Drug Use Continues to Rise Despite Increased Government Spending

ADDICTION NUMBERS RISE IN THE UNITED STATES

Studies have determined that despite billions of dollars being spent by the federal government to combat drug abuse, addiction numbers continue to rise across the United States[1]. President Barack Obama has appointed Michael Botticelli, director of the White House Office of National Drug Control Policy (ONDCP), also known as the Drug Czar. A former alcoholic himself, Botticelli’s role is to oversee substance abuse problems within the country and legislation around it.[2]

An article written by the Wall Street Journal states that the ONDCP recently performed an analysis revealing a funding increase of 48 percent over 10 years to combat the war on drugs.[3] Much of the program’s funding will continue to go towards prevention and treatment resources, particularly in the wake of the administration’s policy shift, which will focus more on treatment than enforcement. These new policies are critical due to the drug epidemic across the country.

THE PRESIDENT SPEARHEADING THE STRUGGLE WITH ADDICTION

In 2010, The White House enacted its inaugural National Drug Control Strategy (NDCS). This new strategy was created in an effort to reduce illicit drug use in the United States.[4] Its goal within the next five years is to reduce the rate of drug use by 15 percent. Requests for $25.6 billion in 2013 to aid the NDCS budget demonstrates its commitment to these goals. To support these countrywide policies, the government is also enacting new state regulations as well.

Although a variety of substances are being abused across the United States, one that is making the most headlines in the nation is heroin. US News reported that for Americans ages 26 and older, heroin usage has increased 58 percent.[5] It also reported that in 2015, the government will allocate approximately $15 million into combating the trafficking and abuse of heroin. This plan is a direct result of information that has been dispersed by the Centers for Disease Control and Prevention (CDC), which has forewarned the government and public of an imminent surge in heroin usage.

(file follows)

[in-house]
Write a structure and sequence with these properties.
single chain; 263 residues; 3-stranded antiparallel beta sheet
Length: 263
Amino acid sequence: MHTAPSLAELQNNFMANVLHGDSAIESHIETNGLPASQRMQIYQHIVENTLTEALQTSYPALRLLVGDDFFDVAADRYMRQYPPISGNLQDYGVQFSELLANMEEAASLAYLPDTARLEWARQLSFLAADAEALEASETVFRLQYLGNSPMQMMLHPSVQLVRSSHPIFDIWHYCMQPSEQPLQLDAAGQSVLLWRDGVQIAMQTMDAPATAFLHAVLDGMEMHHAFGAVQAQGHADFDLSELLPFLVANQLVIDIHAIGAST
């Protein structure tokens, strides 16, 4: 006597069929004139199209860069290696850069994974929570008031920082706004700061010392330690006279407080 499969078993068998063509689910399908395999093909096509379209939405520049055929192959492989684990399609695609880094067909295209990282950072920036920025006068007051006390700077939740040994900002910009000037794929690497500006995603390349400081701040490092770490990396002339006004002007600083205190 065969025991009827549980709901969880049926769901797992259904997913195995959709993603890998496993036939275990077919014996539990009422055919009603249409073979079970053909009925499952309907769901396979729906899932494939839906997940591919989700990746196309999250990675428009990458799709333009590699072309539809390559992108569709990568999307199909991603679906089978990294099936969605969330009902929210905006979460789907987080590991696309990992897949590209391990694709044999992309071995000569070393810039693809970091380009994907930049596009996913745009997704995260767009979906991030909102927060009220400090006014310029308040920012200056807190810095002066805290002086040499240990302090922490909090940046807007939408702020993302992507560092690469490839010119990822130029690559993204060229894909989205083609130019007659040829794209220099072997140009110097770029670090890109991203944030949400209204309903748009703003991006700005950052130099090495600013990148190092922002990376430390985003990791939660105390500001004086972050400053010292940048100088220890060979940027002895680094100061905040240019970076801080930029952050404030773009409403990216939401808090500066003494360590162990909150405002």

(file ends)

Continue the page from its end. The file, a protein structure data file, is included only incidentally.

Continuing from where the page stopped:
US News also reports that heroin, which was once primarily used in urban areas by lower class males, has now reached a new demographic due to its accessibility and low cost. Now a dominant presence in almost every neighborhood in every state, white suburban mothers are now some of the highest users of heroin in the United States.

HEROIN EPIDEMIC

Although The White House has created and is implementing a variety of policies against illicit drugs in the United States, heroin has become the primary focus due to the high number of users, increasing rate of usage and steady rise of abuse.The Heroin Response Strategy will focus on treating addicts rather than punishing them

Also in 2015, the government announced a new strategy to tackle the heroin explosion in a collection of the states that are most affected by the issue. The “Heroin Response Strategy” will focus on treating addicts rather than punishing them and targeting high-level suppliers for arrest.[6] Many researchers and policy makers agree that due to the rise in prescription painkiller abuse, heroin usage has risen as well.